New York : Knopf : Distributed by Random House, 1992.
xiii, 294 pages : illustrations ; 24 cm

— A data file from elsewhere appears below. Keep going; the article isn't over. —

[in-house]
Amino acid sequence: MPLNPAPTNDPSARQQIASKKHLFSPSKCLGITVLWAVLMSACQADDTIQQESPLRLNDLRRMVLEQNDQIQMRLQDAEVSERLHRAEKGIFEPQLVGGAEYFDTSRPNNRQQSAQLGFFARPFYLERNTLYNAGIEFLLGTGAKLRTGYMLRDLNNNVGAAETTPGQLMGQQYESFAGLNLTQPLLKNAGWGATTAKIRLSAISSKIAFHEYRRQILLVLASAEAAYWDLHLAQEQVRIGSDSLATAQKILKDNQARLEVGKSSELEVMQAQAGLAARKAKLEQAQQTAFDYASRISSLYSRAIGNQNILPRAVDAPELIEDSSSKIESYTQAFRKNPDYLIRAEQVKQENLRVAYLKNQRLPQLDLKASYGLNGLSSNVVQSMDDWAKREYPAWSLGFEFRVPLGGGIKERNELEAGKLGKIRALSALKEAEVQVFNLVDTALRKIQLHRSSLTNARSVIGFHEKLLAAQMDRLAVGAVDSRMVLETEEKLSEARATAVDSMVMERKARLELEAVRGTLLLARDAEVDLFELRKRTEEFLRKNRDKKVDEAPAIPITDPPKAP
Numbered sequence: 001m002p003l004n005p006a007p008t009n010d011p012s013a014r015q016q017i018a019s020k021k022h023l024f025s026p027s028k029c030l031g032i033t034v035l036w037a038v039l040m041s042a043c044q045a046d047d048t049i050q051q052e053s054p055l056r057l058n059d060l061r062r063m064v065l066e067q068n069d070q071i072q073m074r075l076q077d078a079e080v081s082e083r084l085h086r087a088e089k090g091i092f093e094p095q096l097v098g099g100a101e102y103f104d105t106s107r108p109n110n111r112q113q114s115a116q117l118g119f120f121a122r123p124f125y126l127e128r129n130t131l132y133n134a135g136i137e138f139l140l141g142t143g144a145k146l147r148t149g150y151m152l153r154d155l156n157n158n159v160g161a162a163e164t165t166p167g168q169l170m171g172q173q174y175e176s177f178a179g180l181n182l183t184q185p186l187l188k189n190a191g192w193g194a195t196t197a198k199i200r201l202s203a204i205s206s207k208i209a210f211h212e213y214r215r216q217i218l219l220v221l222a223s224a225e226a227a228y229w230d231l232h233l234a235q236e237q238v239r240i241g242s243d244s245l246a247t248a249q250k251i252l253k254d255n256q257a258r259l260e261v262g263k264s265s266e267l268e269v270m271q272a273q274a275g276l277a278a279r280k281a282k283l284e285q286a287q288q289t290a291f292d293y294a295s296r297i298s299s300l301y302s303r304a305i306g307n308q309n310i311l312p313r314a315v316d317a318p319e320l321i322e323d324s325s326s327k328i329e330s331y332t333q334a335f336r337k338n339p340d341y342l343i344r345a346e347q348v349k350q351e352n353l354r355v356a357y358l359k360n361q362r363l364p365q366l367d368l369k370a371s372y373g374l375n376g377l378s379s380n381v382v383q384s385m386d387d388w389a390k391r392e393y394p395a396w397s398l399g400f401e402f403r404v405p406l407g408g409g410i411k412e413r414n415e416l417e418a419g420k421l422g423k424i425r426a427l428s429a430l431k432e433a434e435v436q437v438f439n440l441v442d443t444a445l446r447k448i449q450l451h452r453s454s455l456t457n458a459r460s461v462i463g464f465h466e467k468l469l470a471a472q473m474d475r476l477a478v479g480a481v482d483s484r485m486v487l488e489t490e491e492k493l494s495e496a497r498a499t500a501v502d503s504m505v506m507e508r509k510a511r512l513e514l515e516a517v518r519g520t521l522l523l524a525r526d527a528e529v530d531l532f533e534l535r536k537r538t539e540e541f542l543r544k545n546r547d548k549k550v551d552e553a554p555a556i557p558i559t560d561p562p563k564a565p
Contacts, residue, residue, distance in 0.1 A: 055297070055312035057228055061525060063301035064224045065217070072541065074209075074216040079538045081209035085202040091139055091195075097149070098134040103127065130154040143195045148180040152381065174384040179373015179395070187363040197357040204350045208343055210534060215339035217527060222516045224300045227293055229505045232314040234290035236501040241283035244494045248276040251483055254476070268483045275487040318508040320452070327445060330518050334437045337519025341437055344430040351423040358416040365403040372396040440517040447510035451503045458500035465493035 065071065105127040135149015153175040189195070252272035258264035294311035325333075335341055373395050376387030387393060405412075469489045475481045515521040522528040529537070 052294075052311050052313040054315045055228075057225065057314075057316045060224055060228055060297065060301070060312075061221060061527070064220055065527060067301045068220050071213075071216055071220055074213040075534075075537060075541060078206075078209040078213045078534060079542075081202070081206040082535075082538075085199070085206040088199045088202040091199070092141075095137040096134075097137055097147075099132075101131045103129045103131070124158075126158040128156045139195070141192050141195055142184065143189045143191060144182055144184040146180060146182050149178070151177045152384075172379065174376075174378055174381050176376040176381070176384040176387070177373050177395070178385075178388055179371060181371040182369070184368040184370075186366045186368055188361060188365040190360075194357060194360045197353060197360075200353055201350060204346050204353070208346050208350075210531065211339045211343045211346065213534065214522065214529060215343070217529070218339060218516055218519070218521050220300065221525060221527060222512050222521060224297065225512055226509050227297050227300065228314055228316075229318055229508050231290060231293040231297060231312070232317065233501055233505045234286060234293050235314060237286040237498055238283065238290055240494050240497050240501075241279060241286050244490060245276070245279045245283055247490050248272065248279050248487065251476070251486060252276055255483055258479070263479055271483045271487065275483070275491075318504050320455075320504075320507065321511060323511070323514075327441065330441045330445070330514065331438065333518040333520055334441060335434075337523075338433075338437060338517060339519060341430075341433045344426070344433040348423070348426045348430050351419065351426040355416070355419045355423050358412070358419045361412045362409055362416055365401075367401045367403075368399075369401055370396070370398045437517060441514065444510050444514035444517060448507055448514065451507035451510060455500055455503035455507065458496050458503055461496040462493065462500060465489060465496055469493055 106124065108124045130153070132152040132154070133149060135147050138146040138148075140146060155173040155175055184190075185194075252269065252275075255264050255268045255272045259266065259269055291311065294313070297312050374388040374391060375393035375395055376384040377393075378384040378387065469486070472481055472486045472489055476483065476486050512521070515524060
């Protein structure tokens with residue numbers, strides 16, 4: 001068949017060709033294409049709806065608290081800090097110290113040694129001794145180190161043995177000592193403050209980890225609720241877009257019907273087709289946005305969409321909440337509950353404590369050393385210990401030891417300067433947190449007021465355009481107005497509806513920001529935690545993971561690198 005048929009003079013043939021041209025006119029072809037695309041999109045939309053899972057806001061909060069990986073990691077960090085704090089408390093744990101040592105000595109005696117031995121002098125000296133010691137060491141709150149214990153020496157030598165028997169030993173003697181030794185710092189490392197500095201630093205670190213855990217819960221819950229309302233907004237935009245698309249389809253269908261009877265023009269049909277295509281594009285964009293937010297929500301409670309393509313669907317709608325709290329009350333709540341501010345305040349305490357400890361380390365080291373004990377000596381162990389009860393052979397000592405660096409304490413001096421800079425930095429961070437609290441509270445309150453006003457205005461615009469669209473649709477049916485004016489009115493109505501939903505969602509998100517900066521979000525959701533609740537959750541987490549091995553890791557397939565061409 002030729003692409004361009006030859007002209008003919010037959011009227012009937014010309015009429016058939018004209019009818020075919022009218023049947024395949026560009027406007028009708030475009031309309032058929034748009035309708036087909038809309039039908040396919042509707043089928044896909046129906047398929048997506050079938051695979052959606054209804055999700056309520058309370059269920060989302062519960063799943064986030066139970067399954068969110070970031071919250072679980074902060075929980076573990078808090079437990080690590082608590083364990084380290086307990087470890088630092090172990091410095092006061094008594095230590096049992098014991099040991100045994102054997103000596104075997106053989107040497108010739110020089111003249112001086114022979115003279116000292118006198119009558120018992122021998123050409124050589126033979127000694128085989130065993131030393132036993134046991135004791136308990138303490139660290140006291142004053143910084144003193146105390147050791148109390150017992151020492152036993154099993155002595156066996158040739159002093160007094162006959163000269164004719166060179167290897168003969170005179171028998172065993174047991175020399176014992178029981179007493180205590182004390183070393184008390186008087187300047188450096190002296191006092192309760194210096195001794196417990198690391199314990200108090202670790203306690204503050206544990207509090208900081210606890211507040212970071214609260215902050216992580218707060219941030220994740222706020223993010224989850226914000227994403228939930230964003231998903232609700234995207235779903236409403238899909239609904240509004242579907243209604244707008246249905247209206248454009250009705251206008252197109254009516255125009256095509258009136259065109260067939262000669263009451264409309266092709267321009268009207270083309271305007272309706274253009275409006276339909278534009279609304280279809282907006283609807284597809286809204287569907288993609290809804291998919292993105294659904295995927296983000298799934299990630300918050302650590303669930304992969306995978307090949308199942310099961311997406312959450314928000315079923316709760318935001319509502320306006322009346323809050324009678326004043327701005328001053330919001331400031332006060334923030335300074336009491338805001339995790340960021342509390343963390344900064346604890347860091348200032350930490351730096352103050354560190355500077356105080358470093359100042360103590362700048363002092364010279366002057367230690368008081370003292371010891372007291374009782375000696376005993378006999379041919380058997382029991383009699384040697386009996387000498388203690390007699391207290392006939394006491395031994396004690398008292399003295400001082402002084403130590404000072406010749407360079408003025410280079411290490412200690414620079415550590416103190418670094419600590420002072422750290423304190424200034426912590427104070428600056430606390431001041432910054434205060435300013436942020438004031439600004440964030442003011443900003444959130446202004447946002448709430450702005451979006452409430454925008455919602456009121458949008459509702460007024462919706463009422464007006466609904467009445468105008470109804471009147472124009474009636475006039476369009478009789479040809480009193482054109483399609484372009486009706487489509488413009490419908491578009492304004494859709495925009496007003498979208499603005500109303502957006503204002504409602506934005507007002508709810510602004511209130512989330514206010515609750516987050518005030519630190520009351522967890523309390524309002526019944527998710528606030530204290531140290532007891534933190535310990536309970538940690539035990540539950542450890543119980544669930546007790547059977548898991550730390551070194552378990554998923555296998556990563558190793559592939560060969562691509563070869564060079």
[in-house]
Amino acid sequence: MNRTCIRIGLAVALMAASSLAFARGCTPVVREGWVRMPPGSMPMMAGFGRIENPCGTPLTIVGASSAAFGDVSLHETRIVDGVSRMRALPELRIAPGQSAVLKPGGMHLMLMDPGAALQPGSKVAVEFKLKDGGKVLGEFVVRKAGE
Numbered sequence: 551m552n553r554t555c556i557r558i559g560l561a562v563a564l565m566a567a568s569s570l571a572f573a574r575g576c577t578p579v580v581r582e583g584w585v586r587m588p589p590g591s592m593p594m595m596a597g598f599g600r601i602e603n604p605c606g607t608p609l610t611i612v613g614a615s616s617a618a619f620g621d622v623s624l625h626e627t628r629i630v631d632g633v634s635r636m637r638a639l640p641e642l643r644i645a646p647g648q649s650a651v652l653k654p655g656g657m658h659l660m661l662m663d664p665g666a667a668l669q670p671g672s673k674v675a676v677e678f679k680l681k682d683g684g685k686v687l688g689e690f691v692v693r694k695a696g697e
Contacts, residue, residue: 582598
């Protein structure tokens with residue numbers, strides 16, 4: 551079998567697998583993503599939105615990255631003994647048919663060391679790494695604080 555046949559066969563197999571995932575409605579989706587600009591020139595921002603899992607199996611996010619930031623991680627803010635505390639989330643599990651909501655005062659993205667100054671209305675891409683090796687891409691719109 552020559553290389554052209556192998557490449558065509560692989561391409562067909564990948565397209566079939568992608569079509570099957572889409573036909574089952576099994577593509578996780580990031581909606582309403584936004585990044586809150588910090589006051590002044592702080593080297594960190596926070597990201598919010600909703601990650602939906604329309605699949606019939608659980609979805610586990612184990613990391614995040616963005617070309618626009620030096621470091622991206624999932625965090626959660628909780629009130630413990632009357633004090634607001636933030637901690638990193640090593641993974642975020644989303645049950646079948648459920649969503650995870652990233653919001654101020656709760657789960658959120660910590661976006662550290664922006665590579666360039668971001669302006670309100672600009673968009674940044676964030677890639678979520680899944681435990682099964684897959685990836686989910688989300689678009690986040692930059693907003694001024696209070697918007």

This is the first reassessment in more than a quarter of a century of one of the most brilliant and fascinating figures in American literature - the novelist-journalist born in 1871, six years after the war he memorialized in his universally acclaimed The Red Badge of Courage, and dead of tuberculosis at the age of twenty-eight. Recounting Stephen Crane's brief life (a life crammed with incident and mystery), Benfey identifies a curious pattern: Crane tried to live what he had already written. Barely twenty-two when he wrote The Red Badge, he later became the leading war-correspondent of his time - in order to see, he told Joseph Conrad, whether The Red Badge was "all right." He wrote Maggie: A Girl of the Streets more out of curiosity than knowledge; a few years later he took as his common-law wife the madam of a Jacksonville whorehouse. He made a life with her in England, where their circle of good friends included Conrad, Henry James, Ford Madox Ford, and H.G. Wells. Christopher Benfey has given us as full an account of Crane's life as we can ever have - and an inspired reading of his astonishingly multifaceted work.